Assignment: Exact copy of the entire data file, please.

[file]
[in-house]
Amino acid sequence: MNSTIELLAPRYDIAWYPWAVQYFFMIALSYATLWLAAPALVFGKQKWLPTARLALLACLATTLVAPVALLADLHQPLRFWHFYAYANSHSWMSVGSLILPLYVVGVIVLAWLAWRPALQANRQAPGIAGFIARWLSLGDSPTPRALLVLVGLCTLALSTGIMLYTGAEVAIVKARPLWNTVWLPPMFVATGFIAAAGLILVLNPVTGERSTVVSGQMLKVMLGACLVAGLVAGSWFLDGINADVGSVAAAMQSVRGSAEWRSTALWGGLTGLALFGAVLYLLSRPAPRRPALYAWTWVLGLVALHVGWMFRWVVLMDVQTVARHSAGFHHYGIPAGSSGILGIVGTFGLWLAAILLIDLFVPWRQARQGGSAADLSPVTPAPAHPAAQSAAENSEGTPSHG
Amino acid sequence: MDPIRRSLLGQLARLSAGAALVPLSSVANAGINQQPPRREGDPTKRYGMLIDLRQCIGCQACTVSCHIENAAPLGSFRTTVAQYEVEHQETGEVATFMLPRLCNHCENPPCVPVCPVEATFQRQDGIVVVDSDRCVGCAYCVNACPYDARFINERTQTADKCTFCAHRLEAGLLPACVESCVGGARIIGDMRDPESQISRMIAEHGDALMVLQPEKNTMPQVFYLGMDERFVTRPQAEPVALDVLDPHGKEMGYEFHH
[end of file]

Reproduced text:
[in-house]
Amino acid sequence: MNSTIELLAPRYDIAWYPWAVQYFFMIALSYATLWLAAPALVFGKQKWLPTARLALLACLATTLVAPVALLADLHQPLRFWHFYAYANSHSWMSVGSLILPLYVVGVIVLAWLAWRPALQANRQAPGIAGFIARWLSLGDSPTPRALLVLVGLCTLALSTGIMLYTGAEVAIVKARPLWNTVWLPPMFVATGFIAAAGLILVLNPVTGERSTVVSGQMLKVMLGACLVAGLVAGSWFLDGINADVGSVAAAMQSVRGSAEWRSTALWGGLTGLALFGAVLYLLSRPAPRRPALYAWTWVLGLVALHVGWMFRWVVLMDVQTVARHSAGFHHYGIPAGSSGILGIVGTFGLWLAAILLIDLFVPWRQARQGGSAADLSPVTPAPAHPAAQSAAENSEGTPSHG
Amino acid sequence: MDPIRRSLLGQLARLSAGAALVPLSSVANAGINQQPPRREGDPTKRYGMLIDLRQCIGCQACTVSCHIENAAPLGSFRTTVAQYEVEHQETGEVATFMLPRLCNHCENPPCVPVCPVEATFQRQDGIVVVDSDRCVGCAYCVNACPYDARFINERTQTADKCTFCAHRLEAGLLPACVESCVGGARIIGDMRDPESQISRMIAEHGDALMVLQPEKNTMPQVFYLGMDERFVTRPQAEPVALDVLDPHGKEMGYEFHH